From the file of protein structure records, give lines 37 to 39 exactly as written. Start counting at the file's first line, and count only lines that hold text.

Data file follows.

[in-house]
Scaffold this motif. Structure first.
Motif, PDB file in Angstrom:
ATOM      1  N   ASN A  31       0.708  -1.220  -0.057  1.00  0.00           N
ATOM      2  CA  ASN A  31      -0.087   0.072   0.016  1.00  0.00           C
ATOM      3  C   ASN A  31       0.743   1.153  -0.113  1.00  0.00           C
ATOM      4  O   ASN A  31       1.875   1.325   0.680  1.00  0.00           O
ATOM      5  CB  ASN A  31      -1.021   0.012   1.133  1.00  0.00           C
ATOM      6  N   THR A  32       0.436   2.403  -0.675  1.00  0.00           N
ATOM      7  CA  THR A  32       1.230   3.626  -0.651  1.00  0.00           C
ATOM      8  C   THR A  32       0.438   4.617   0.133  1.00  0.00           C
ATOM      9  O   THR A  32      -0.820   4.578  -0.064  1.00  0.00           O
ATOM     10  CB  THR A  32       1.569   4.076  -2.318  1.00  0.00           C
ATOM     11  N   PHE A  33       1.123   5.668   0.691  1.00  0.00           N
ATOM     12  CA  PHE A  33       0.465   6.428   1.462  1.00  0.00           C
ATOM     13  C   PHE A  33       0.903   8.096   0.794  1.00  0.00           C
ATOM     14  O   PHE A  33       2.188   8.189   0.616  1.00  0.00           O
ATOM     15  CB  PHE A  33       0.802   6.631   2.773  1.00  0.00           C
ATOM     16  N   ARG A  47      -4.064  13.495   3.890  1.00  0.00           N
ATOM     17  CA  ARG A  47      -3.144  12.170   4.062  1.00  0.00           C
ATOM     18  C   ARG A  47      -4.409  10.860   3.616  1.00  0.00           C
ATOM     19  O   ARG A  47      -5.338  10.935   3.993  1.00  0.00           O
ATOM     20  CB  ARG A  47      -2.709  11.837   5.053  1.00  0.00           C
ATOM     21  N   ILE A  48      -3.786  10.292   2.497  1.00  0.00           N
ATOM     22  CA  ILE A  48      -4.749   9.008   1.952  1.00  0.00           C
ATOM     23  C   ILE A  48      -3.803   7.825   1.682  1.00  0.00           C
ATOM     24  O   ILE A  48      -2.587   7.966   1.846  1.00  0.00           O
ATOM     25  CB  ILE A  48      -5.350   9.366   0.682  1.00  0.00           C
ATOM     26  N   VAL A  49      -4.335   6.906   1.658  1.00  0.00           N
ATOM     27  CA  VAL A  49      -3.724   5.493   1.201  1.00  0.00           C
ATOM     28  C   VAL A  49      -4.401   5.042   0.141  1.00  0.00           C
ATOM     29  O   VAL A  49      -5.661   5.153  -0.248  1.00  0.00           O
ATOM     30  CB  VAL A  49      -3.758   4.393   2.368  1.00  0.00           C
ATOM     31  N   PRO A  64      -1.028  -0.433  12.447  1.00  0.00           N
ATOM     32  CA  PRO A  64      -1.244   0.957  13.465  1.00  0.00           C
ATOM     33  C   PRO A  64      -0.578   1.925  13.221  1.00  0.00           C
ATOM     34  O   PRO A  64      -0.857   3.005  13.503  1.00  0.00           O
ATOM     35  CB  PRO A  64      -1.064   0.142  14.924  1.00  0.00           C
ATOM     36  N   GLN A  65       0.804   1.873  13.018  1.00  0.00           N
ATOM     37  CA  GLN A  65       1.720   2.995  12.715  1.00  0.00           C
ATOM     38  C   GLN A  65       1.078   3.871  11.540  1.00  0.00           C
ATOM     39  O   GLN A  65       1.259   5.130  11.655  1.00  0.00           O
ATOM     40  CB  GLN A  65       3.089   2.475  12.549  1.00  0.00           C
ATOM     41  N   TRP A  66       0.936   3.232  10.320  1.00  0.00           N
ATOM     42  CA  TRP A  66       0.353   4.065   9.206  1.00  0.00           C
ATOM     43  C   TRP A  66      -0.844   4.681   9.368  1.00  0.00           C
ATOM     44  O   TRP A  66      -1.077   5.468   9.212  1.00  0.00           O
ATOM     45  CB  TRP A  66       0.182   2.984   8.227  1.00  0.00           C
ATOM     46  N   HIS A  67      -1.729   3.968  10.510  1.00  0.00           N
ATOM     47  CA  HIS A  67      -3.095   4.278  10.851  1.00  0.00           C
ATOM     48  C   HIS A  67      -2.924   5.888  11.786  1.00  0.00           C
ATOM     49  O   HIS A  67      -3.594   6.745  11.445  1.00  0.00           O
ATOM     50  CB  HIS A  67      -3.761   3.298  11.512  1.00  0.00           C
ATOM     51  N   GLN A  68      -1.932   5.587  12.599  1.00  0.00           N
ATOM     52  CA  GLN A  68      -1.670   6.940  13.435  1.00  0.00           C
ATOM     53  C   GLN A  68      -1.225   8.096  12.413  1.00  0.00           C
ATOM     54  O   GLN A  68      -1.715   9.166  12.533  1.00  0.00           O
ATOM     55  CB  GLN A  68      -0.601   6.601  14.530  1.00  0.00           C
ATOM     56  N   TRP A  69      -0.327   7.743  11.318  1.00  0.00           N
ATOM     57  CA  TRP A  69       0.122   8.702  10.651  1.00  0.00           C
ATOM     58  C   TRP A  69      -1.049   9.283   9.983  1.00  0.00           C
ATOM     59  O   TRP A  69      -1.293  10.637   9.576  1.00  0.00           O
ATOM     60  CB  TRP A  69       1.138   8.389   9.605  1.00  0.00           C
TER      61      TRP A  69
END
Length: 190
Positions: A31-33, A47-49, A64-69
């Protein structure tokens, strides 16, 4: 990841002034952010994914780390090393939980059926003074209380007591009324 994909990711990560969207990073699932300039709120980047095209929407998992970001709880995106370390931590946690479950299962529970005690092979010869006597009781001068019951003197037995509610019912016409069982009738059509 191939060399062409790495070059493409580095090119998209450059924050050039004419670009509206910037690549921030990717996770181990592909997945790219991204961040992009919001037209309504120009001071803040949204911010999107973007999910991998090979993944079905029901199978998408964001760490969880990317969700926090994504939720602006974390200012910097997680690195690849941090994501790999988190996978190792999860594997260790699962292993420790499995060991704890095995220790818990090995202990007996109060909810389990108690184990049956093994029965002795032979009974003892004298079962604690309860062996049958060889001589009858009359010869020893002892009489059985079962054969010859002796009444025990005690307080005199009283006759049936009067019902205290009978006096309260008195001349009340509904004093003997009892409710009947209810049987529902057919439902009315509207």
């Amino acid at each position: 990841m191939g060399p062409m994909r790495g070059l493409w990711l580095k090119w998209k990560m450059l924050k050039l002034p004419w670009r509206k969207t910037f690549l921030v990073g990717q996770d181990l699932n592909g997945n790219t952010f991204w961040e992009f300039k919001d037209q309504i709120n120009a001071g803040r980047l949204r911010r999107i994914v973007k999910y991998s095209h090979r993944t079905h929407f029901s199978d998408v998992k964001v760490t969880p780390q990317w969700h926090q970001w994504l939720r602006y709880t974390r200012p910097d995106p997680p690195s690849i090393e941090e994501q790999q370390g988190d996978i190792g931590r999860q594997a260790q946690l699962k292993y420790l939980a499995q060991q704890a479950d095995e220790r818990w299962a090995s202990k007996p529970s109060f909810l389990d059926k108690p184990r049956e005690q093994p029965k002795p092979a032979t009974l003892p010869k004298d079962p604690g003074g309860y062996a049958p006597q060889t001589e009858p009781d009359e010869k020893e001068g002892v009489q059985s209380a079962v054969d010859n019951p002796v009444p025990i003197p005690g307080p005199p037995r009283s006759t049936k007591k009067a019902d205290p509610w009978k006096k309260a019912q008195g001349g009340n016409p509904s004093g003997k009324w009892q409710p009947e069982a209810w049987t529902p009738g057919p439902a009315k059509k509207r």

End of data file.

ATOM     34  O   PRO A  64      -0.857   3.005  13.503  1.00  0.00           O
ATOM     35  CB  PRO A  64      -1.064   0.142  14.924  1.00  0.00           C
ATOM     36  N   GLN A  65       0.804   1.873  13.018  1.00  0.00           N